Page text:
[1] First control had laid on a special menu of grease or grease.
To ride the Windcheetah, first, you must embrace the cantilever...

fd3

Re: Being tempted , but .....
« Reply #43 on: May 28, 2019, 02:28:31 pm »
Can't stop thinking about this bike . :facepalm: . How easy are they to manoeuvre when walking / pushing. Has any one fitted a handle to the front 'changer tube' the sticky up one, so that it can be lifted up from the front. So it can be either pulled or pushed into doorways, balanced on the rear wheel, bit like a one handled wheelbarrow? The other question to Kim , and others , why did YOu buy one? For touring only, for comfort, for fun, to be quirky?
I have a speedmachine, so a similar bike, but lower.  Initially I tried to steer it from the hamster bars when walking with it, but it is really simple to steer it from the headrest when walking (like an upright steered from the saddle).  I manhandle it through the house lifting it by the front boom and rear rack or rear wheel, it's not much harder than doing the same with DF (some of the increased difficulty is due to it being heavier than a DF).  Not tried it balanced on the rear wheel.
I got mine because I was bentcurious and because I wanted to go through the experience of learning to ride all over again (to be more sympathetic towards my kids as they learn).  It is like being a beginning rider all over again as I am far more timid at junctions and more aware of motorists and the space I need as I wobble about.  It's okay on towpaths, currently stressful in high parking areas as I can't see as much, but fine on your bigger/straighter/faster roads.  I can see that going out for a 20+ mile ride it would come into its own.

[/I could be wrong]

ElyDave

  • Royal and Ancient Polar Bear Society member 263583
Re: Being tempted , but .....
« Reply #44 on: May 28, 2019, 02:59:49 pm »
last summer holiday was a smidge over 600km in 6 days, and included the last three consecutive days with all my touring lugage of 172/144/100km. 

day 1 was from Islay to Newton Stewart with three ferries, crosssing Arran, The Mull of Kintyre and the Galloway Forest
Day 2 the lower sections of Galloway Forrest and the flat bits to Gretna
Day 3 - Gretna to Kirkby Stephen with some lumpiness.

I'd say a 200 or more is well within range of a decently geared recumbent.  This was on my 700C wheeled S40, and I'd have been trying to build up to a 200 and then 300-400 on it this year if it weren't for being knocked off.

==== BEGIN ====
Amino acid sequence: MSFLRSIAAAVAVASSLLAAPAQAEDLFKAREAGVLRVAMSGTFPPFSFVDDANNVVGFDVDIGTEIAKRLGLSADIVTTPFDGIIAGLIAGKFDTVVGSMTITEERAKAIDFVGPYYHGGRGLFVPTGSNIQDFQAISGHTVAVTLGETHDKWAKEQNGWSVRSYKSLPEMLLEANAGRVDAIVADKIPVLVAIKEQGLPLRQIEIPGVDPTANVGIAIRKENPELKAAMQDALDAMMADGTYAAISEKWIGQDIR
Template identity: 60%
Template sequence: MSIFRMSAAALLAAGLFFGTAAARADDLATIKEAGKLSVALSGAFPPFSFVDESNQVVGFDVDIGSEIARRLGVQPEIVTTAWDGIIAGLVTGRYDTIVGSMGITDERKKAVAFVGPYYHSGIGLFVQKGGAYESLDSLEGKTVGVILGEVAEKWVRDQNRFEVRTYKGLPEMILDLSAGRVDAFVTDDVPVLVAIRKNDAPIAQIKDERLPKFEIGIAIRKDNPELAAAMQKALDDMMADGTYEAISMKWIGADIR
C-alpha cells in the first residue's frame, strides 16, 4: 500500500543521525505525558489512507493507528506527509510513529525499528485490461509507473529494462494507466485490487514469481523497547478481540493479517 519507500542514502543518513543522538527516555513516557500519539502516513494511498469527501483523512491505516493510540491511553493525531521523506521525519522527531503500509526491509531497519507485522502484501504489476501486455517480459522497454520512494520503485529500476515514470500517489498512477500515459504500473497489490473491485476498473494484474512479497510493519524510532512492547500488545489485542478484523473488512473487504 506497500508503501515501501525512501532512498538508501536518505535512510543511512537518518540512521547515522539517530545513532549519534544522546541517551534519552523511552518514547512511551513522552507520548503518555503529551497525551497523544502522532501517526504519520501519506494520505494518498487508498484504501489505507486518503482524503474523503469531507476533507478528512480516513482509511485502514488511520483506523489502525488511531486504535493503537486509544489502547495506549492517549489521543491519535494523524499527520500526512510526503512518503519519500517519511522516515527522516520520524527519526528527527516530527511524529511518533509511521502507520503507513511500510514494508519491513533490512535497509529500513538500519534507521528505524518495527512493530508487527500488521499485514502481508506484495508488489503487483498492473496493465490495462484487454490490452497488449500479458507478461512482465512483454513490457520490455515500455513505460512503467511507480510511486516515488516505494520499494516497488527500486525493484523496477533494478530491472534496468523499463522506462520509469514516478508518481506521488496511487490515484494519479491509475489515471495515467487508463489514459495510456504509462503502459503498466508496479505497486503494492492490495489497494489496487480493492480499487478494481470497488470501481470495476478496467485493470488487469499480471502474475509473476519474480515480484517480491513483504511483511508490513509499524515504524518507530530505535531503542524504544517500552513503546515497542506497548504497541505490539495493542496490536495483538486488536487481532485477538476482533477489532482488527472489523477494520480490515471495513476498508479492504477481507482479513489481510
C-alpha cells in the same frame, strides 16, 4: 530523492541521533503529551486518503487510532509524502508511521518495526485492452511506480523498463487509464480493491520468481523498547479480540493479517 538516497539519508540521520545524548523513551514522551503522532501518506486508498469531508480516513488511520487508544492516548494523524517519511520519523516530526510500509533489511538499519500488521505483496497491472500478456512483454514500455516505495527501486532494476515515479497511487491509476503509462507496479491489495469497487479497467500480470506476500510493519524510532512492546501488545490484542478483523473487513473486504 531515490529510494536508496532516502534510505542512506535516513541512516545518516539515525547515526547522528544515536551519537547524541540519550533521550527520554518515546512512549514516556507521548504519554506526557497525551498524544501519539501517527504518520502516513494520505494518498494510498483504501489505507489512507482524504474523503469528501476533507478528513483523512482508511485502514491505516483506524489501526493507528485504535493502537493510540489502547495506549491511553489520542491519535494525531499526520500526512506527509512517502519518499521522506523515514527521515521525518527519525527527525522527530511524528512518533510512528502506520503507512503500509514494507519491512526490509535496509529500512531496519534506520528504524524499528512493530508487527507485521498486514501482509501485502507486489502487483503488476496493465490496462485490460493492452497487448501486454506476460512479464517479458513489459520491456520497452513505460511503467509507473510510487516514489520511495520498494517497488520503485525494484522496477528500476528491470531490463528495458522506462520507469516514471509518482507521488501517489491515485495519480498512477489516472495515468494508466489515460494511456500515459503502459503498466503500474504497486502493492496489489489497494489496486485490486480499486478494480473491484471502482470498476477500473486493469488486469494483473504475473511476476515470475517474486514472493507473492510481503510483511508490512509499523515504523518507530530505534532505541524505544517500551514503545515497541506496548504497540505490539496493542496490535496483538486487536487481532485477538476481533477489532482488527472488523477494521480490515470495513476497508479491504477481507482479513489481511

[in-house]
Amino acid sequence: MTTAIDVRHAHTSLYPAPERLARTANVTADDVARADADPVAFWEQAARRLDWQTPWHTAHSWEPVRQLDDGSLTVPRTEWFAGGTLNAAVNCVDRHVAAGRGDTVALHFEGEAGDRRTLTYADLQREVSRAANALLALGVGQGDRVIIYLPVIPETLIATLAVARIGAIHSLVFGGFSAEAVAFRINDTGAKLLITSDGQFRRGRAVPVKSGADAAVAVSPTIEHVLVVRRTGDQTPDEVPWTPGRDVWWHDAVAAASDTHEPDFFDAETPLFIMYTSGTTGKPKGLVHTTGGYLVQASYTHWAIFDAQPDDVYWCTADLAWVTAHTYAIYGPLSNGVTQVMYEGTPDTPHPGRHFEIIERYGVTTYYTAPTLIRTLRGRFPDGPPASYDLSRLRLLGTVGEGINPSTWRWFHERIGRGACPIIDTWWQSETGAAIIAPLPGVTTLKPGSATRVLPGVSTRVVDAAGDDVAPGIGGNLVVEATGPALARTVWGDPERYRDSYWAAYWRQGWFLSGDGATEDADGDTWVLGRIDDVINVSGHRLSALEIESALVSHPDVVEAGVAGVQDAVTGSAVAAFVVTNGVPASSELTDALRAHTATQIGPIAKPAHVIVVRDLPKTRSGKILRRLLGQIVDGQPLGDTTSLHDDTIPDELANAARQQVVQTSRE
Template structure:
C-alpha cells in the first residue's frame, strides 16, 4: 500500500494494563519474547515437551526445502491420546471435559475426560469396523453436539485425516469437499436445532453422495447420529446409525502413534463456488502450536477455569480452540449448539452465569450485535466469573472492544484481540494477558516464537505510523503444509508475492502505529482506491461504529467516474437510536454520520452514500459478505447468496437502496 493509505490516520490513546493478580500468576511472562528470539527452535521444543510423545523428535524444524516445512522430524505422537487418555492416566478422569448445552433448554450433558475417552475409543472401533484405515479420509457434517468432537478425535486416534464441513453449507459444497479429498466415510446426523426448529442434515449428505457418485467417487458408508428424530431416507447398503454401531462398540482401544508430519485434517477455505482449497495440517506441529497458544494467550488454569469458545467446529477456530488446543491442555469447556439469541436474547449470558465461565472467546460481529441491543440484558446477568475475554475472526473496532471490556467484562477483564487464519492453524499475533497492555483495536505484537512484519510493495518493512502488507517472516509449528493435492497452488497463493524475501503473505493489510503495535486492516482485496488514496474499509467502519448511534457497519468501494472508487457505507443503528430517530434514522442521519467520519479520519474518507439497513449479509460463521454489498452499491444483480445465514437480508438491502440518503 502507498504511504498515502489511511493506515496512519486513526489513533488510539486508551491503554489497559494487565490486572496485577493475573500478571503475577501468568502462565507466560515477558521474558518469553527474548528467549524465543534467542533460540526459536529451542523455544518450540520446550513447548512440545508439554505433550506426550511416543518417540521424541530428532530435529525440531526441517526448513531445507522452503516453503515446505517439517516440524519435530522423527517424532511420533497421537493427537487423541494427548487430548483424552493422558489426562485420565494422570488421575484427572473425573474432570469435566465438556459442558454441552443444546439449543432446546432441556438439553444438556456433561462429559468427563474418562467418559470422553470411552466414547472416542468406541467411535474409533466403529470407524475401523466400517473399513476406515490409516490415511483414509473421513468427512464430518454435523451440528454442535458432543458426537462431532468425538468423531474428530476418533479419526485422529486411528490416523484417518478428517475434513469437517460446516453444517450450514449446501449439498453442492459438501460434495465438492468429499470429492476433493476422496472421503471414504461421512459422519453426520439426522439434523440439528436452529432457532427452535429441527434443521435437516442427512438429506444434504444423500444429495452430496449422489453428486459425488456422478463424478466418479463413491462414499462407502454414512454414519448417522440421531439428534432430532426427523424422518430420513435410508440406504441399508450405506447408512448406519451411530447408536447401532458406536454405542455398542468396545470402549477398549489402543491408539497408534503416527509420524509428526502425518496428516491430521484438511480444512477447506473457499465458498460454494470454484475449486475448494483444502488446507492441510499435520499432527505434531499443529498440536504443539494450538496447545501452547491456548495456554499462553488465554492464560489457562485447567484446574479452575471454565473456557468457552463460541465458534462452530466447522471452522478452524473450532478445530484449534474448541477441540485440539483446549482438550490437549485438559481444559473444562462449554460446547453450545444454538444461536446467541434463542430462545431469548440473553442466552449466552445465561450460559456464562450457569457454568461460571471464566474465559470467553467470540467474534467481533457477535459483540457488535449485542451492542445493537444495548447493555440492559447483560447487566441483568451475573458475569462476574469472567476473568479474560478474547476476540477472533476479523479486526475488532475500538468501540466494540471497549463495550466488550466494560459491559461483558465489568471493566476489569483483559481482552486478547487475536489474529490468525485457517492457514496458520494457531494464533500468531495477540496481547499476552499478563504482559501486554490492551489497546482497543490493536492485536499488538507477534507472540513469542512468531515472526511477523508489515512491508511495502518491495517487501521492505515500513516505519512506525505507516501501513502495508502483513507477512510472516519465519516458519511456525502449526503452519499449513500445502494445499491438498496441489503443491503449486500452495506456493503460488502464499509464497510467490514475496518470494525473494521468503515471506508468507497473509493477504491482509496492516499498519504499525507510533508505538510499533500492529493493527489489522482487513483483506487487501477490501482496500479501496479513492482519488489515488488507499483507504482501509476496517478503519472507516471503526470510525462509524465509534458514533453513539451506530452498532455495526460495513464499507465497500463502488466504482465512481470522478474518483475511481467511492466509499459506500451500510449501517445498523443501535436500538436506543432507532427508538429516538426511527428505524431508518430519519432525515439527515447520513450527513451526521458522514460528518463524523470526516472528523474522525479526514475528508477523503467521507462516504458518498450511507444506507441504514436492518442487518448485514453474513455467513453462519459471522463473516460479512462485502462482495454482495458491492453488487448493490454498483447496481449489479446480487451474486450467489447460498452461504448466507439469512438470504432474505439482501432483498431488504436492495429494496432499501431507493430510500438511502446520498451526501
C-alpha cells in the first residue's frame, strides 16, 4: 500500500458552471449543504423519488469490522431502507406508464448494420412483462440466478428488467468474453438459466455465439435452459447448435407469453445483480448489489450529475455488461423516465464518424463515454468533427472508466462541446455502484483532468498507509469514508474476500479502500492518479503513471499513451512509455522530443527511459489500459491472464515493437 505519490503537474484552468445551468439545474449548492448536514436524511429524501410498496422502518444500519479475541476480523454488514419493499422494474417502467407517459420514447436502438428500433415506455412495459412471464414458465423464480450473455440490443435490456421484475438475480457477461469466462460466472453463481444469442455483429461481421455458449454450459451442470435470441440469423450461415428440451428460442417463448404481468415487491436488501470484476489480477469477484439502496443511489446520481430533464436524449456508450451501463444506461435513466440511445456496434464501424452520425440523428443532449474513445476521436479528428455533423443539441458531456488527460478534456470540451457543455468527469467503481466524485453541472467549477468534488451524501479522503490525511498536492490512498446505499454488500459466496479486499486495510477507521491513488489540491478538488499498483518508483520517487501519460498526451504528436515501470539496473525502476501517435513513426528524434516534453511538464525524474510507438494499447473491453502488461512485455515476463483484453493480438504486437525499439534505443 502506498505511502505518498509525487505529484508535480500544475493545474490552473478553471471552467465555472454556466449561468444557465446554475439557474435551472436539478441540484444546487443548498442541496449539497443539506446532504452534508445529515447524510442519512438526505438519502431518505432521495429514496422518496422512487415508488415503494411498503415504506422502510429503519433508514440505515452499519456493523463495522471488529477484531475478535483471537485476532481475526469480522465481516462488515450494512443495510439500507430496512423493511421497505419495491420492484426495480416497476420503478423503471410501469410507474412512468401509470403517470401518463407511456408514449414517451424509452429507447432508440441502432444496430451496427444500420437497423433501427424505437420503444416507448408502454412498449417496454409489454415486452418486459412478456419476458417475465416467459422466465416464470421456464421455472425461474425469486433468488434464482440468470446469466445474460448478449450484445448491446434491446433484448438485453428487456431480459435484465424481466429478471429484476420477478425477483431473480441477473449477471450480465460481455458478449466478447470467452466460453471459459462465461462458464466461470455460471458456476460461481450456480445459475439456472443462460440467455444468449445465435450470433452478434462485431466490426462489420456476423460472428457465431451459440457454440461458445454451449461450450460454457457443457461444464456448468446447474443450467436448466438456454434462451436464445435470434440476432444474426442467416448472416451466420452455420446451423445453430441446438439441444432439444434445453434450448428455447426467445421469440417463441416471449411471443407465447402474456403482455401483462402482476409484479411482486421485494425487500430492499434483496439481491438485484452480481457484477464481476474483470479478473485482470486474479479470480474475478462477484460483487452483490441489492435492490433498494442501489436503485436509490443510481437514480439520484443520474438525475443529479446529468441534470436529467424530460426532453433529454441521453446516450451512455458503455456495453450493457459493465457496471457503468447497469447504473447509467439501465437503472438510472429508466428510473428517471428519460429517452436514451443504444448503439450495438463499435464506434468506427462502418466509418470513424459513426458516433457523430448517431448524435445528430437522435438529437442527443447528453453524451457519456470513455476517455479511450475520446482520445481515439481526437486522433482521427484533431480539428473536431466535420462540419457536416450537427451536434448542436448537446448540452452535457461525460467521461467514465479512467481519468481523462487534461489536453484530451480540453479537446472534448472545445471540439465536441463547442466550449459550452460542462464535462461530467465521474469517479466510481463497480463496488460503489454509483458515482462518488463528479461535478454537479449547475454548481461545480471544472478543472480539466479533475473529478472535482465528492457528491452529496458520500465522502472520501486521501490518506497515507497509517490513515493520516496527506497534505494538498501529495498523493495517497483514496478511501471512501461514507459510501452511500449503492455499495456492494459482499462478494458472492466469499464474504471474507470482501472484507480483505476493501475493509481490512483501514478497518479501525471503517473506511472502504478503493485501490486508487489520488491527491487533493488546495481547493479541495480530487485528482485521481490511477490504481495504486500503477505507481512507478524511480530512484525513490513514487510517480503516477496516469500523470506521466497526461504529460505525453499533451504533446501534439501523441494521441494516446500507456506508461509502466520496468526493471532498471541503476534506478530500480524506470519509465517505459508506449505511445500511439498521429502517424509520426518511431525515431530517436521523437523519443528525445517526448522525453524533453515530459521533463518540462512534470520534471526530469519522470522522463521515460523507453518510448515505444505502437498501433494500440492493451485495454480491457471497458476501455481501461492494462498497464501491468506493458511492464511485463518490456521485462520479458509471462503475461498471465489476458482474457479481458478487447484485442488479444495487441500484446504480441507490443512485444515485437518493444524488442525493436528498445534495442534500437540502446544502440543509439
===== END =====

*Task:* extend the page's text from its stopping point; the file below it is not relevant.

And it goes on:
I would not have tried that route on my low slung M5, even though it has a lower bottom gear at 34x40 vs 30x32.  It's very reclined and I'm a bit too short so end up straining the neck to see potholes as Kim says.

“Procrastination is the thief of time, collar him.” –Charles Dickens

Kim

  • Timelord
Re: Being tempted , but .....
« Reply #45 on: May 28, 2019, 05:26:08 pm »
I'm not sure about the standing it on the rear wheel, that seems to be a tall people / lightweight bike thing and is generally contraindicated by the presence of proper mudguards.  Doesn't sound very safe to me.

Just tried this:  You need a hand on the top of the seat to control the tipping of the bike (which ends up quite low down), and - presumably because the centre of mass is lower than a DF bike - the rear mudflap starts getting mashed before it reaches the neutral balance point.  Sort of thing that you might do if you really had to rotate the bike in a train vestibule, but doesn't seem like a good doorway strategy.
To ride the Windcheetah, first, you must embrace the cantilever...

fd3

Re: Being tempted , but .....
« Reply #46 on: May 28, 2019, 07:24:00 pm »
I am more likely to lift the back and tilt it forward o; the front wheel.
[/I could be wrong]

Kim

  • Timelord
Re: Being tempted , but .....
« Reply #47 on: May 28, 2019, 07:25:26 pm »
I am more likely to lift the back and tilt it forward o; the front wheel.

That's occasionally necessary for dangly bike spaces.   :(
To ride the Windcheetah, first, you must embrace the cantilever...

Re: Being tempted , but .....
« Reply #48 on: May 28, 2019, 07:35:21 pm »
I reckon the ideal 'bent for audax - leg length permitting - is a large-wheeled high-racer:  Something that can roll well in comfort over bad roads without the weight penalty of full suspension, high enough up that you don't get splattered in the wet (Streetmachine height is fine in this respect), and can usefully draft / be drafted by riders on uprights.

Absolutely.  I've audaxed my 20/26 Performer over 100k and it's fine.  But my 700c Highracer would be much, much better.

Re: Being tempted , but .....
« Reply #49 on: May 28, 2019, 09:39:34 pm »
My first recumbent was a rans rocket swb. 20/20 . I found it very comfortable and among other rides  completed the Dorset coast 200 on it. I was about a hour slower than I had been the previous year and would have kept it longer if a trice explorer had not come my way  :)
the slower you go the more you see